Chris joins Leo to talk about how simple photography has become. There's a lot of instant gratification because you get to see your image immediately. That means you learn faster. And chances are, there are a majority of photographers who have never shot a roll of film and had to wait several days or even weeks to get their photos. Now we have instant sorting using artificial intelligence, instant photo editing, and feedback through sharing.
Chris joins Leo to talk about a color in photography that doesn't exist: magenta. Chris says there is no magenta, and your brain invents the color shades in between the basic colors. On top of that, ten percent of people are color blind. You can mix colors sure, but its just mixed light in the spectrum. Each color has a wavelength in the visible spectrum. Magenta doesn't have a wavelength in the visible spectrum: it doesn't exist. But your mind makes it up when you mix colors together. It's called an extra spectral color.
Chris says that shortly after the golden hour, where the sun is setting, comes the Blue hour, where the sun has set, but the light is still there, but fading. Chris says this is a marvellous opportunity to get some great pictures, with a deep blue sky. Even smartphone photographers can get in on the act these days.
Jim got a slide scanning machine to scan his slides, but he doesn't have software for it. Where can he get it? Leo says that there's a third-party driver called VueScan at Hamrich.com. It's an old-time TWAIN driver that supports a wide array of scanners. You can get it at https://www.hamrick.com. It's worth paying for as well.
Chris doesn't usually like to talk about new hardware, because he doesn't want people to think that a new camera will make you a better photographer. It doesn't. But there are two new cameras coming that are going to be pretty nice.
1) The Sony A7III will have 61MP and a full-frame sensor with 10fps burst shooting. That means it has a huge buffer of up to 68 images! It also has eye tracking with better autofocus. Even for animals. It also has Pixel Shifting to increase to up to 240MP in still life. Cost is $3500 available Sept 2019.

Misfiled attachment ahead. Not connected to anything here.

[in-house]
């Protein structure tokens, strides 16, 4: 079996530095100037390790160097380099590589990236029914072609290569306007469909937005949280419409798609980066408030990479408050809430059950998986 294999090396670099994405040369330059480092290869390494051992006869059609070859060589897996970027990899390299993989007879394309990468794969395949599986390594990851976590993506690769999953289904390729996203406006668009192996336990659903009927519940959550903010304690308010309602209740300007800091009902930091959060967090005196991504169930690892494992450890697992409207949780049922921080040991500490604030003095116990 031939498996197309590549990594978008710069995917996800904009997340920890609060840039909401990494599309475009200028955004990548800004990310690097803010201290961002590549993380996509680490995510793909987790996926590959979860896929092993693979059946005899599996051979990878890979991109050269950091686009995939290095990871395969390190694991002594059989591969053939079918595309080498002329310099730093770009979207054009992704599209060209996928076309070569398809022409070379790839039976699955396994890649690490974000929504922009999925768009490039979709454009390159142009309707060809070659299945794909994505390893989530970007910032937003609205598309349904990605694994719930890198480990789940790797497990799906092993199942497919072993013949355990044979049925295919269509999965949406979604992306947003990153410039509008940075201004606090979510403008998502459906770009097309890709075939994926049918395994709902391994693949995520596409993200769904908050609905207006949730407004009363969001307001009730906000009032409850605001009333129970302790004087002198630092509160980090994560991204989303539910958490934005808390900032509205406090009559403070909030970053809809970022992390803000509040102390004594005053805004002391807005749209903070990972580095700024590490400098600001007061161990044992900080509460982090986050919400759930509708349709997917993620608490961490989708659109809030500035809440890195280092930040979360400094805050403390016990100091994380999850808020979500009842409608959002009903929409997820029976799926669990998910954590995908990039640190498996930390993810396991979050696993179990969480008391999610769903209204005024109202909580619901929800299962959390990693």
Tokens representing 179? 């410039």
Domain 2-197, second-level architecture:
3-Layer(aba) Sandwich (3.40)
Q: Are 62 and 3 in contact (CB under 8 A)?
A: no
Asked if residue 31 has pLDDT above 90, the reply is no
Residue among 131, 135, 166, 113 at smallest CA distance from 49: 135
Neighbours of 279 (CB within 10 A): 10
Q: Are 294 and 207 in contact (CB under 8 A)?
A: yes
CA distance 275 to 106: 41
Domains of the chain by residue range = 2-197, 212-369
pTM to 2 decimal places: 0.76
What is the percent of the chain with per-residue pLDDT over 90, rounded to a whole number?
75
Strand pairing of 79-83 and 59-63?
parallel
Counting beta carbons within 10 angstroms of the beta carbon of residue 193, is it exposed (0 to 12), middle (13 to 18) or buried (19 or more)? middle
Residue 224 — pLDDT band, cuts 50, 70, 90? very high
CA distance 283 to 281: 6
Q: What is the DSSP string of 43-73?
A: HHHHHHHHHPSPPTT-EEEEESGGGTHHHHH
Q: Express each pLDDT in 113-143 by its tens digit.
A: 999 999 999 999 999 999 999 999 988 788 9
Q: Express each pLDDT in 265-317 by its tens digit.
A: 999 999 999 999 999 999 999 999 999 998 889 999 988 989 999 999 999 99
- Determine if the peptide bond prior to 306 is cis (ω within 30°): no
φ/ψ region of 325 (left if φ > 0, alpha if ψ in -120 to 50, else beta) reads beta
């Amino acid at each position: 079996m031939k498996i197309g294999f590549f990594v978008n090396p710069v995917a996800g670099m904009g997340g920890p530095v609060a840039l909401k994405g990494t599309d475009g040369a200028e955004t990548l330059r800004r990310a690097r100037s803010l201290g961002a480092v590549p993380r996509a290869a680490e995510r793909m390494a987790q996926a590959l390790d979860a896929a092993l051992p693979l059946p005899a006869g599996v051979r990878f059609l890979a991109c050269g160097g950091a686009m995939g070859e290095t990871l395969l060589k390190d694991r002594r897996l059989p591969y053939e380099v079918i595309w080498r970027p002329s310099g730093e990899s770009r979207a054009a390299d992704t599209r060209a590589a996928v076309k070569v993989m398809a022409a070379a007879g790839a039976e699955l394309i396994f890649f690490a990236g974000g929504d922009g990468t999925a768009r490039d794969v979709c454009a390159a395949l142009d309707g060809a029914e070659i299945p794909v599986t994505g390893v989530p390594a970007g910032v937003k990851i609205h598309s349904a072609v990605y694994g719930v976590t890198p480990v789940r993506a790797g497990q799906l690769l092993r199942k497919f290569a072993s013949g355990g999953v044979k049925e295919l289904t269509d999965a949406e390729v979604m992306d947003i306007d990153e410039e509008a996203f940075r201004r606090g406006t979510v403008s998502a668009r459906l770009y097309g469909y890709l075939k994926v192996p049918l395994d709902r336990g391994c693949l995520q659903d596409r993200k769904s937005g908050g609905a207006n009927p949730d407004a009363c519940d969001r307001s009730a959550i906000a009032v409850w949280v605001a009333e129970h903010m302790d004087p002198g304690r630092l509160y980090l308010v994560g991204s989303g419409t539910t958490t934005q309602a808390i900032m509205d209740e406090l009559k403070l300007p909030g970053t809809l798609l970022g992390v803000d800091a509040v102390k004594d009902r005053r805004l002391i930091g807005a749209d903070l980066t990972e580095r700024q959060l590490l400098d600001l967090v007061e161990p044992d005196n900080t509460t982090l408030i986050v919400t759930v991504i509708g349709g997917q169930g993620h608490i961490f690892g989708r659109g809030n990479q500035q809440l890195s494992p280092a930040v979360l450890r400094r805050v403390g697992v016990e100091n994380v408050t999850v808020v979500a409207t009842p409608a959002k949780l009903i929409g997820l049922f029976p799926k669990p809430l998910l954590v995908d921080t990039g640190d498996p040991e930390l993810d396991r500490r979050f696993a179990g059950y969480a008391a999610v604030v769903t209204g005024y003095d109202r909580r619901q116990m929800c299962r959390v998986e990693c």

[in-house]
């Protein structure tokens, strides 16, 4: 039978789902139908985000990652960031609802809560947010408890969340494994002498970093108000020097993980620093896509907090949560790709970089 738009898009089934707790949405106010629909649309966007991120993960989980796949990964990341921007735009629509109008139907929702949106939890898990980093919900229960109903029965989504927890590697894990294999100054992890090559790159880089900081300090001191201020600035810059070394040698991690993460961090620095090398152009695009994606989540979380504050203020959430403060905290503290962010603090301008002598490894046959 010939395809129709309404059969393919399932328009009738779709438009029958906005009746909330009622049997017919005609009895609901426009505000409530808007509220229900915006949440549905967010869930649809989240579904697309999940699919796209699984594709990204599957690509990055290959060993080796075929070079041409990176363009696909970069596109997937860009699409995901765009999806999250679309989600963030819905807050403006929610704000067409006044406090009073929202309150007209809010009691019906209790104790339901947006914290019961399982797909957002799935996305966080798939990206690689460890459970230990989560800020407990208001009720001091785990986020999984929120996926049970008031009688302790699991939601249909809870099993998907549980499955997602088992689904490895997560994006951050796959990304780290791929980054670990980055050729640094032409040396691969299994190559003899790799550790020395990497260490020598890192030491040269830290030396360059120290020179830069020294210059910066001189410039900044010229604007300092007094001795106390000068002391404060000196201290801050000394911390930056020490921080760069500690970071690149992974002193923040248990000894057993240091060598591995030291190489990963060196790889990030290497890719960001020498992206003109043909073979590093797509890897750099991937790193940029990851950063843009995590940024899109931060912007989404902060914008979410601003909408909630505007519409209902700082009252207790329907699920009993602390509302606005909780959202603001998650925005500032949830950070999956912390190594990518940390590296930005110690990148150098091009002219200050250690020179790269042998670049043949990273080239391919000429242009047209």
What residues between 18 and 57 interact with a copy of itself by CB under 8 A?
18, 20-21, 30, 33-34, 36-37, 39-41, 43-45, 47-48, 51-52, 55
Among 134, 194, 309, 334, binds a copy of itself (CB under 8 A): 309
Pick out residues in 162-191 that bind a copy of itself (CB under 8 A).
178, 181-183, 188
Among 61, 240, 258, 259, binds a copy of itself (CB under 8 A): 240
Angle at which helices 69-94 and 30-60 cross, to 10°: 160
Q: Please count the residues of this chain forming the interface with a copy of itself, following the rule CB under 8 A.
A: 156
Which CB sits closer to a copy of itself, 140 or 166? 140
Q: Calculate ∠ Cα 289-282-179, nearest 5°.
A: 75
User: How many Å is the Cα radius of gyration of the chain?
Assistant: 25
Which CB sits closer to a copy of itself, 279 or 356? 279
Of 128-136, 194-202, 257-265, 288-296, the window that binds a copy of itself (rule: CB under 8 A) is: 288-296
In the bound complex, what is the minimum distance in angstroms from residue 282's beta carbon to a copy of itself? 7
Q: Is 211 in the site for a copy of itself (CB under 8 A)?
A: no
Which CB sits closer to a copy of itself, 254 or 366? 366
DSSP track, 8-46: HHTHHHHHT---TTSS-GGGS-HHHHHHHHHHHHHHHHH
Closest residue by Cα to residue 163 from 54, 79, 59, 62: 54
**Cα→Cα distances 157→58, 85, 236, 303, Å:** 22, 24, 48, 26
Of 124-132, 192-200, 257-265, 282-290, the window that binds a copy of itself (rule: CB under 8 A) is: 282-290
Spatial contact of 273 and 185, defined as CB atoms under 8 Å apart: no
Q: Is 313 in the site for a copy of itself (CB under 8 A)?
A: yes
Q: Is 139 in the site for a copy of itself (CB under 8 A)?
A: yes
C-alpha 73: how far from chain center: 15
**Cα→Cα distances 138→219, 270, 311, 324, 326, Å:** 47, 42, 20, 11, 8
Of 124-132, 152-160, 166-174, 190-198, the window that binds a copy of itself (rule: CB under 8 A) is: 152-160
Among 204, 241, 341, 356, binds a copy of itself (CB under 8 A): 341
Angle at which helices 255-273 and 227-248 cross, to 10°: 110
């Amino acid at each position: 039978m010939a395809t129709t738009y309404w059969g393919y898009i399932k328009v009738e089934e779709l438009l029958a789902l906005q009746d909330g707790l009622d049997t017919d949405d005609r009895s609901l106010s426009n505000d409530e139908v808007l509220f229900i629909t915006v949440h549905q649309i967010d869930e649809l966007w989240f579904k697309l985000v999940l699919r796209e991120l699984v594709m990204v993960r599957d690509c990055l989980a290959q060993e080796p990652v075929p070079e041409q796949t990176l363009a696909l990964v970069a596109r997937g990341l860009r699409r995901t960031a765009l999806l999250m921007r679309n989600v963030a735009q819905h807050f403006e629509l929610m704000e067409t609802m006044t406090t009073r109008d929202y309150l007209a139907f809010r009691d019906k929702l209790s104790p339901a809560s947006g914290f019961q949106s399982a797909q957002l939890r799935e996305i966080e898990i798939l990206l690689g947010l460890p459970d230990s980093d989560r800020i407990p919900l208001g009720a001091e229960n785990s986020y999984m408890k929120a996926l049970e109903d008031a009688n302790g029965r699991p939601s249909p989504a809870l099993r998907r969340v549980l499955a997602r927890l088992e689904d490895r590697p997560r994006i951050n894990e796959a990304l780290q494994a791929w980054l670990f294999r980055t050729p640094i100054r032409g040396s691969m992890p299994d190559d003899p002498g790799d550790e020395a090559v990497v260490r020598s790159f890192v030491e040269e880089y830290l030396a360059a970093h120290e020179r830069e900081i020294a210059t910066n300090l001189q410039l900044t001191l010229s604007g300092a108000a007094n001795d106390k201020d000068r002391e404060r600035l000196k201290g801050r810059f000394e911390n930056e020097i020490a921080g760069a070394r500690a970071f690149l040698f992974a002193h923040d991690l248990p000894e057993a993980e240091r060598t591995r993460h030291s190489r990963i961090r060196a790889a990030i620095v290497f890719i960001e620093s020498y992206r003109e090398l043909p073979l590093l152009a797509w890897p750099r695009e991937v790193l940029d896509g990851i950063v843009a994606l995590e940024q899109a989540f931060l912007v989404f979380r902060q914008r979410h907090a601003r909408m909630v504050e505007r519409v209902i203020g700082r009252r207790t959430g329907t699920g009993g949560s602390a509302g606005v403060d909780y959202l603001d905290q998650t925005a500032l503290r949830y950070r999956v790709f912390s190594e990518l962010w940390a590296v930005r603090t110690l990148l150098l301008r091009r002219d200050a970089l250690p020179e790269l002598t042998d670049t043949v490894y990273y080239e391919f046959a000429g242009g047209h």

Jose wants to know if he has to keep paying the monthly subscription fee to use Adobe Photoshop and Lightroom. Leo says he does. Adobe no longer sells a boxed version and has gone to the monthly subscription. Jose could go to an annual subscription. Leo doesn't like it, but that's the way it is. So here's an option:
Skylum makes great software for photos called Luminar, and HDR program called Aurora. Lifetime licenses are just $60. Or, he could buy Adobe Photoshop Elements. Jose can get about 80% of the capability of Photoshop for one price.
Chris recently held a portrait workshop, and he made use of the summer weather by playing with the harsh available sunlight. Trying different light situations as the day progressed. The sun is a harsh, contrasty light that doesn't lend itself to good portraiture. But there are a few things to keep in mind:
Kodak (actually C+A, a Kodak official licensee) showed three film scanners at the show. Models range from about $45 for the Kodak Mobile Scanner, good if you just have a limited amount of old film formats you want to digitize, up to about $179 for the Kodak Scanza. Here's info mostly from the company: All three of these devices let you convert film to jpegs. The 14 to 22MP KODAK Film Scanza Scanner converts old 35mm, 126, 110, Super 8 & 8mm Negatives & Slides to JPEG Digital Files.
This month's photo assignment was CLOSEUP. Here are the top three that caught Chris' eye:
All assignment photos: